The Main Power supply is designed around a surplus 980VCT/250mA tranny. Using series silicon diodes and stacked 220uf/450V cap input I end up with about +690VDC under load at the first cap. The first LC filter (6H/80 ohm, 220uF/2) provides a relatively clean B+ (approx. 660VDC) for the output stage. The second RC filter (10K, 220uF/2) cleans the supply further for the more sensitive input gain stages. Ebb is approximately +410V.

The rest of the supplies are nothing fancy.

Construction Details

NEW Pictures of the BEAST:

Photo 1 Shows the amp section during power and distortion measurements. Scope trace is more visible in Photo 2.
Pretty compact for a 120W tube amp.
Volume control and input jack on front. Notice feedback cable connected to 1/8 in. jack on top surface to left of the input tubes.

Photo 2 shows the whole mess ... The power supply chassis and output transformer are simply laid on the workbench next to the amp and scope. Notice the X/Y trace on the scope. Not too shabby, eh?! This is at 100W output !!!
Ultramini 6j6/6aq5 guitar amp and Eimac 250TH in background.

Photo 3 Shows the guts of the amp section.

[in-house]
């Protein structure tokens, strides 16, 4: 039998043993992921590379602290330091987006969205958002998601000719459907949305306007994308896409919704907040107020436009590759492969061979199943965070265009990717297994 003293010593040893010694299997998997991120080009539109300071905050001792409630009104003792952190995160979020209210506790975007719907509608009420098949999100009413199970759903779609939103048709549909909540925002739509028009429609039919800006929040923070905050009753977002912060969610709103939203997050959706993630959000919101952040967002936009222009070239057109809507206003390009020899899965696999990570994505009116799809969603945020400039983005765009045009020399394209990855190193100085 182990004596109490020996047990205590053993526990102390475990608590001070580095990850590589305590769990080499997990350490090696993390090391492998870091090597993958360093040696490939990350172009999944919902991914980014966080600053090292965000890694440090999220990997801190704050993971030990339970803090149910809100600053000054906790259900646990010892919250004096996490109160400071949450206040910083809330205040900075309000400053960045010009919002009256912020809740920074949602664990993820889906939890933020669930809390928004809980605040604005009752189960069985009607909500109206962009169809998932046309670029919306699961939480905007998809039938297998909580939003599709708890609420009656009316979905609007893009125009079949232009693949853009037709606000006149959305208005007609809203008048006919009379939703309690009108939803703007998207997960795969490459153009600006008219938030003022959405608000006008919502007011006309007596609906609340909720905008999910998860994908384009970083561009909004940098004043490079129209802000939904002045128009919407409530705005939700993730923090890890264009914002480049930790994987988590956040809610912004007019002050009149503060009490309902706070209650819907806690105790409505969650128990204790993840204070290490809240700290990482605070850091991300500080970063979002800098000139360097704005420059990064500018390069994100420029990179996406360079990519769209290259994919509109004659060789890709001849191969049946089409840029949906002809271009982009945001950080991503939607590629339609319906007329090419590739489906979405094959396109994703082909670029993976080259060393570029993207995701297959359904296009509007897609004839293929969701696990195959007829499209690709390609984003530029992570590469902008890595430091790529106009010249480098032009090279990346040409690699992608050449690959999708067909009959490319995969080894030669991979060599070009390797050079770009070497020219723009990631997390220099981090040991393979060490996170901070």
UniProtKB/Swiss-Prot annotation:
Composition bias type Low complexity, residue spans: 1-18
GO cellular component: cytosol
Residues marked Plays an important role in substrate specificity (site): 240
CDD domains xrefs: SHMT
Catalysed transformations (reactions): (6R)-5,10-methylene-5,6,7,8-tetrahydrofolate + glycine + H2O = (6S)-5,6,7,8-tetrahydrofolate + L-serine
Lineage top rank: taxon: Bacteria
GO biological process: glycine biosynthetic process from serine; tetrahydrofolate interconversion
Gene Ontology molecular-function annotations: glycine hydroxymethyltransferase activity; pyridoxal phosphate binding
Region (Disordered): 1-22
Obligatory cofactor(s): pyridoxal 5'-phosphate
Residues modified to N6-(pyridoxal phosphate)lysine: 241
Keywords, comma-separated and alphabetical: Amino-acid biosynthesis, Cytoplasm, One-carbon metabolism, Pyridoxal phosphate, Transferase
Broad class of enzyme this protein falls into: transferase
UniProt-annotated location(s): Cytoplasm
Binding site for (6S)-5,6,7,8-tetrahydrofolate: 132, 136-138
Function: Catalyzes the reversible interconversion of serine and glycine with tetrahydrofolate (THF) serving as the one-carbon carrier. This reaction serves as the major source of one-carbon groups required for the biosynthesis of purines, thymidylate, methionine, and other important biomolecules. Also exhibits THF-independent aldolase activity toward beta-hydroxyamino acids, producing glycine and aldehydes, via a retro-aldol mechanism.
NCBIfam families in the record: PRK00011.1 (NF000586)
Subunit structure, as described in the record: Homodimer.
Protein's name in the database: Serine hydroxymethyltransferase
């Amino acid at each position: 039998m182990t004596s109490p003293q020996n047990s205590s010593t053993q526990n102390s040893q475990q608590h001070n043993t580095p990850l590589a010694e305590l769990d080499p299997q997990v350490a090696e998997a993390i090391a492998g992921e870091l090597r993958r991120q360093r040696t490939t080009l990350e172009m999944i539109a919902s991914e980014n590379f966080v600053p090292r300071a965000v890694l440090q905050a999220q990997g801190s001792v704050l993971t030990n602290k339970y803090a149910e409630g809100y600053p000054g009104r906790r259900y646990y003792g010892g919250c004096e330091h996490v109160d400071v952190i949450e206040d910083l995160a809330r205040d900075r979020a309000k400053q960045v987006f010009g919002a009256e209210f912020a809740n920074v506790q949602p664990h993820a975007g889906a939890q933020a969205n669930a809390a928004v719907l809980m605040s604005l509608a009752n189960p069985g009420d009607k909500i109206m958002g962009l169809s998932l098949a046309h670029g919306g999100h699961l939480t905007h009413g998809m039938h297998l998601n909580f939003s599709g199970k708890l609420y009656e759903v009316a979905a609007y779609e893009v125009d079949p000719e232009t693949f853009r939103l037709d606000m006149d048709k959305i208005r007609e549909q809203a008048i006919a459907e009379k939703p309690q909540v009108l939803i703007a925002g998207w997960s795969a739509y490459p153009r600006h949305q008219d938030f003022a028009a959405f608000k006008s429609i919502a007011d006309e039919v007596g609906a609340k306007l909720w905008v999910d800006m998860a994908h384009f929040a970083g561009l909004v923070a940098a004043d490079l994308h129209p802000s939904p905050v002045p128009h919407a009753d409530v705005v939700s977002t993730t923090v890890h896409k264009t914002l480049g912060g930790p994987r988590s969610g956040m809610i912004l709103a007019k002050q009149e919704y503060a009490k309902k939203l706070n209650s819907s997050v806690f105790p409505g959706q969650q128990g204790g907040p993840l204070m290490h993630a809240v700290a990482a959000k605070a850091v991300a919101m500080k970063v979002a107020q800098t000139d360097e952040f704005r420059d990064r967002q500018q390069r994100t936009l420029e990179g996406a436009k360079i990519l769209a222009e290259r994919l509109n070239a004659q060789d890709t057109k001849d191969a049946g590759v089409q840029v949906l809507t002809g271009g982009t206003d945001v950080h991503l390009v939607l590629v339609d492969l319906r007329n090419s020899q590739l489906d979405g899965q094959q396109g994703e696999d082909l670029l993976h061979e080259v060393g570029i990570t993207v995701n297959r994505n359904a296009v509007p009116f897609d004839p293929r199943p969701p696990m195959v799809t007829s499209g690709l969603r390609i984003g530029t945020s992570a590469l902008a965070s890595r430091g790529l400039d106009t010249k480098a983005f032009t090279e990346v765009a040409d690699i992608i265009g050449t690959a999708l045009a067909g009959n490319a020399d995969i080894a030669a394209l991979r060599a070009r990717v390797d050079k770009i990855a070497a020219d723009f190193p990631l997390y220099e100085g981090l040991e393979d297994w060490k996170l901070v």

Not a whole heck of a lot in there!
Notice small muffin fans under each output tube.

Photo 4 Better quality Pic

Photo 4 'nother Better quality Pic

The "Beast" is only a MONO amp, for now. It is currently in three pieces:
The AMP section, the Power Supply, and the Output Transformer.

The AMP section

The amplifier is quite compact for its power handling capability. I was able to fit this mono unit into a 10" (L) X 8" (W) X 2.5" (H) aluminum chassis.
For now, the bottom and one 8" X 2.5" end are open to provide good air flow to cool the 3CX300A1 output tubes. A small 2.5" square muffin fan is mounted on stand-offs beneath each output tube. A glass chimney is used on each tube as well. I basically followed the mounting instructions given HERE.

Power Supply

The power supply is built in/on a 17" (L) X 8" (W) X 3" aluminum chassis. The Power Tranny, Filter Choke, and the bank of six computer grade caps are mounted on top. The smaller stuff is kept inside. A 12 position barrier strip is mounted inside to provide connections to the outside world. A bundled harness comes into the chassis thru an access hole.

Output Transformer

This thing is so damn big that I decided not to bother mounting it to anything. I left just enough room on the power supply chassis, except I'm afraid it will bend in half if i picked it up by the middle!
When I have to move the whole thing out of the way I simply place it on a section of 2 X 12 (decking lumber).


Calculated Performance

The following performance was calculated using the plate curves provided by Svetlana:

For Rload= 1.9k plate-plate, Ebo=660V, & Ibo=100mA:

Pout 123W